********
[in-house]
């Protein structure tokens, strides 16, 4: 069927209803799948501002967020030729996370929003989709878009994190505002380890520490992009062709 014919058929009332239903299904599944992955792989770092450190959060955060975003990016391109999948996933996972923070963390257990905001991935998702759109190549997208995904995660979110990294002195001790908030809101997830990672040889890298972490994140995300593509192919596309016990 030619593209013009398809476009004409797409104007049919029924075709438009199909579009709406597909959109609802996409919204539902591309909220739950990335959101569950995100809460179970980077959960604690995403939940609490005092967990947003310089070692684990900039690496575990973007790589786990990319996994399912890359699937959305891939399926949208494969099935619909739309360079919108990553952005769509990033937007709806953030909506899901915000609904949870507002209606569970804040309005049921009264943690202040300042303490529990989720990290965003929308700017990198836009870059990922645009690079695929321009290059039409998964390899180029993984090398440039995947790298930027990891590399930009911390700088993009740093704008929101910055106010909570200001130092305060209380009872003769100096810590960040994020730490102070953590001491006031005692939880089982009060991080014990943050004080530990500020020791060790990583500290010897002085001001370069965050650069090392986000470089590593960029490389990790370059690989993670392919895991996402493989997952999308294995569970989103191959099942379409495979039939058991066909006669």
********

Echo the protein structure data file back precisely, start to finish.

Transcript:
[in-house]
């Protein structure tokens, strides 16, 4: 069927209803799948501002967020030729996370929003989709878009994190505002380890520490992009062709 014919058929009332239903299904599944992955792989770092450190959060955060975003990016391109999948996933996972923070963390257990905001991935998702759109190549997208995904995660979110990294002195001790908030809101997830990672040889890298972490994140995300593509192919596309016990 030619593209013009398809476009004409797409104007049919029924075709438009199909579009709406597909959109609802996409919204539902591309909220739950990335959101569950995100809460179970980077959960604690995403939940609490005092967990947003310089070692684990900039690496575990973007790589786990990319996994399912890359699937959305891939399926949208494969099935619909739309360079919108990553952005769509990033937007709806953030909506899901915000609904949870507002209606569970804040309005049921009264943690202040300042303490529990989720990290965003929308700017990198836009870059990922645009690079695929321009290059039409998964390899180029993984090398440039995947790298930027990891590399930009911390700088993009740093704008929101910055106010909570200001130092305060209380009872003769100096810590960040994020730490102070953590001491006031005692939880089982009060991080014990943050004080530990500020020791060790990583500290010897002085001001370069965050650069090392986000470089590593960029490389990790370059690989993670392919895991996402493989997952999308294995569970989103191959099942379409495979039939058991066909006669």